37 of 40 people found the following review helpful
"Camelot" re-revealed magnificently...,
This review is from: Grace and Power: The Private World of the Kennedy White House (Hardcover)
The essence of "Camelot" wasn't necessarily the inspiring leadership of John Kennedy (although this certainly doesn't hurt the Camelot mystique) or the seemingly serene picture of the youngest elected President and his equally youthful wife, rather it was a culture, indeed an attitude or mystique that many historians have tried to capture with heretofore moderate to little success. In this light, Sally Bedell Smith has presented her attempt at synthesizing the mystique with the well documented history of JFK's administration and has succeeded fabulously with "Grace and Power".
The perspective that Smith presents is one that many historians have missed...in a day when JFK administration books abound, Smith gives us a whole new view into the Kennedy family. Right from the beginning of this work, we delve into the personal and behavorial side of both the new President and his First Lady and see how they are in turn affected by the avalanche of the media and policy machine. JFK's full medical history (recently made public in Robert Dallek's magnificent work "An Unfinished Life") is further explained by Smith with many new nuances and she describes how these many maladies not only affected his work as President, but his family life as well. Indeed, we see JFK's covert doctor (Max Jacobson..."Dr. Feelgod") administering to Jackie as well (during periods of stress or depression) and it's this level of new information, presented not in a tawdry gossipy style, but in fair and elegant prose, that really made this work hard for me to put down. JFK's dalliances with many other women comes to be a main theme at the beginning of the story and we see how Jackie's attitude of benign acceptance at this behavior is formed over time in the White House. At the same time, Smith suceeds in presenting JFK as a loving Father and husband...further enhancing this mysterious component of JFK's behavior.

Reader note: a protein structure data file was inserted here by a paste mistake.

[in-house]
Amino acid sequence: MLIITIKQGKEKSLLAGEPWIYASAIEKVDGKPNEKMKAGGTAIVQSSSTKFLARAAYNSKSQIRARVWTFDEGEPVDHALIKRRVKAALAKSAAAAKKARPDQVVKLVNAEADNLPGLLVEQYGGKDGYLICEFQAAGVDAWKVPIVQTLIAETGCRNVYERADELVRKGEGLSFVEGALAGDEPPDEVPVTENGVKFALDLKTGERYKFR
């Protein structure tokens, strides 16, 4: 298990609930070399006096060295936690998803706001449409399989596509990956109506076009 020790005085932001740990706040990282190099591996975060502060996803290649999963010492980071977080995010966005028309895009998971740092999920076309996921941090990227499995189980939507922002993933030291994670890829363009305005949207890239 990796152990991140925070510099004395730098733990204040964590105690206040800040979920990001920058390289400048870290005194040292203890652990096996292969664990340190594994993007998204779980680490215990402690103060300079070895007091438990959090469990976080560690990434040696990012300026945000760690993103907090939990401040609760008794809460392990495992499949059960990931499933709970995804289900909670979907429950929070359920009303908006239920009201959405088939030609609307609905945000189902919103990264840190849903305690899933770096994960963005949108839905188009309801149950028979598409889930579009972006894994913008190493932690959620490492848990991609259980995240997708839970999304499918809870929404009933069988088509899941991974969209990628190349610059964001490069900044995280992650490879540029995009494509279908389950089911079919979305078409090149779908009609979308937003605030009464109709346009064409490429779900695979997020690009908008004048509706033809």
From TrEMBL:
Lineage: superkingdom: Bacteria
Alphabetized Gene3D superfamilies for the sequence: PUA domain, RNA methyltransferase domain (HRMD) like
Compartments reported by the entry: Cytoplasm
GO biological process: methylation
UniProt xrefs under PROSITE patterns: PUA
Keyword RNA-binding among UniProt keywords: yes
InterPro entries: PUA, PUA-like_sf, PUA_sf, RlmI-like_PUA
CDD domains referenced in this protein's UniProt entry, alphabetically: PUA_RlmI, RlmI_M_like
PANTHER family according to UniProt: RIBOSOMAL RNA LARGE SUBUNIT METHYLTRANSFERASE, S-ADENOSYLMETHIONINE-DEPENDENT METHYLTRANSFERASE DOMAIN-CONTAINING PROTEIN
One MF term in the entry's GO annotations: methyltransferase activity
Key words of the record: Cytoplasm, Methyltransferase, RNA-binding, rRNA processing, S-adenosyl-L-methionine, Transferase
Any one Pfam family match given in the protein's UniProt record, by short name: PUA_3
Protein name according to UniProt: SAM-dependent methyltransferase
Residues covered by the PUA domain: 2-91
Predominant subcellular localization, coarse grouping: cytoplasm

The social scene at the JFK White House is comprehensively descibed...at times offering a counter-balance with what is happening in the world and I thought this added a fullness to the Kennedy story that is usually missing from many otherwise excellent JFK works. For example we see the dinners and the guests who attended them given equal importance in the book while the emotion and stress of the Cuban Missile Crisis is distracting the President. How JFK reacts at these events (i.e. away from "work") is a fascinating new look at the Crisis and Administration as a whole and is this new information that I mentioned that should be the selling point for this work. Closing out the book, Smith eloquently descibes the before and after affects of the assasination on all the participants (old girlfriends as well as close family friends) and tries to philosophize on what the tragedy meant to each.
Historians may argue that the level of scholarship pertaining to Presidential history is lacking (although, I thought Smith did an admirable job describing the events that she did cover), but clearly the focus of this work was not a historical narrative but a genuine social/historical synthesis.
Supported by many new interviews and research, Sally Bedell Smith has added immensly to the monumental amount of literature surrounding the JFK administration and given us a unique perspective that should be used by all as an emotional target for that magnificent and tragic time. A fairly quick read (about 470 pages of readable text) and lively written, I would recommend this book very highly.